Concern over pollution at Fife Coastal Path and dead birds on Kirkcaldy beach
Locals people have raised concerns over pollution on Fife Coastal Path, and an increasing number of dead birds being found on a Kirkcaldy beach.
Worries have been raised a red coloured discharge and oil which has been seen in the streams and running into the Forth as well as a lot of dead birds which have been found washed up on Pathhead Sands.
One woman who contacted The Fife Free Press said: “I am getting so concerned about the pollution on the Fife Coastal Path between West Wemyss and Dysart. There is red coloured discharge and oil on the streams running into the Forth and lots of dead birds. Please help. Thank you.”
There have also been concerns voiced on social media about the number of dead birds being found on Pathhead Sands.
One concerned dog walker wrote: “I took the dog down to the beach this morning at Path Sands for what should have been a nice leisurely walk. However it became quite stressful as there are so many dead birds washed up there I had to keep shooing the dog away from them worried he might catch something. I don’t know what’s going on but it was a concerning sight.”
Another said her son had found a line of dead birds on the tide line at the Kirkcaldy beach.
Fife Coast and Countryside Trust and the Scottish Environment Protection Agency (SEPA) have responded to the concerns saying the rusty colour is the result of iron deposits from disused coal mine areas and the dead birds are being attributed to adverse weather conditions.
A spokesman for Fife Coast and Countryside Trust said: “The rusty colour is a feature of disused coal mine areas and is the result of iron deposits.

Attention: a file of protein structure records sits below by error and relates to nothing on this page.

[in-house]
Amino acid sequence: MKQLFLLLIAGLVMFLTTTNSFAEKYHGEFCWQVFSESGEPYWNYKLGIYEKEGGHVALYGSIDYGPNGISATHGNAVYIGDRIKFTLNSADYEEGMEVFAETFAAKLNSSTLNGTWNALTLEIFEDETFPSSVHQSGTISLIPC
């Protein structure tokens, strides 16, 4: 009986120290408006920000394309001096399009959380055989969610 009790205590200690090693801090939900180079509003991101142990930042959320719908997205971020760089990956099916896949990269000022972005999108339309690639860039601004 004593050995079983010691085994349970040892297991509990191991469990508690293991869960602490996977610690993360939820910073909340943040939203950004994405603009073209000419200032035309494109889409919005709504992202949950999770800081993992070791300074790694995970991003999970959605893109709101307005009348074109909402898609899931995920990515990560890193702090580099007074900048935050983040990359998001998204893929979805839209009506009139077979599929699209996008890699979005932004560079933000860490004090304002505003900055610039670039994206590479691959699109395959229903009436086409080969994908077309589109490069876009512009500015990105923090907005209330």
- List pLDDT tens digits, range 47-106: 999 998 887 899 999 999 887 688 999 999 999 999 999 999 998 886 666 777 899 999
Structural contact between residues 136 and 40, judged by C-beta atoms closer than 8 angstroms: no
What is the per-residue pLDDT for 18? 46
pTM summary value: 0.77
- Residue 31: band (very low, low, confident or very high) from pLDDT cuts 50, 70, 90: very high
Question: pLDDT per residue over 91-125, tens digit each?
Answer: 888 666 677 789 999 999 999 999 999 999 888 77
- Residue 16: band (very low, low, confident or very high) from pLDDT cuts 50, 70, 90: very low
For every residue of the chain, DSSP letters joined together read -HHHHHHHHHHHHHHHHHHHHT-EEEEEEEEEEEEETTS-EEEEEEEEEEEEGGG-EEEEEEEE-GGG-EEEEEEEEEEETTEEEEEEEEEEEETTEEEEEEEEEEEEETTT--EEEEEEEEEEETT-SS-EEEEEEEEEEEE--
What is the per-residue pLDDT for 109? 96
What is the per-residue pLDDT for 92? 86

“I am not aware that the ochre colour of water outlets along this section has changed or worsened in recent times but will double check . Having said that, we do not have the equipment to test water toxicity so any concerns regarding this should be directed to SEPA or the Coal Authority.
“Regarding the dead birds, I am afraid these have been washing up on many parts of our coastline, not just the Wemyss area. I understand that the primary cause is a prolonged period of stormy weather out at sea which sadly resulted in exhaustion and starvation for many birds.”
While a spokesman for SEPA said: “SEPA is aware of a red coloured discharge along the Fife Coastal Path. There are a number of historic mining impacts in the area of Fife between West Wemyss and Dysart that result from the area’s key role in the mining industry. Discolouration of surface waters is often associated with historic mine workings.Water from the mine workings contains naturally occurring metals, such as iron, from the mined rocks. When mine water flows into a river, the iron can cause an orange colour."SEPA works with the Coal Authority to monitor and reduce the impacts of historic mining on the water environment.”The spokesman added: “We would advise members of the public concerned about a pollution incident to contact our 24-hour online form at www.sepa.org.uk/report.”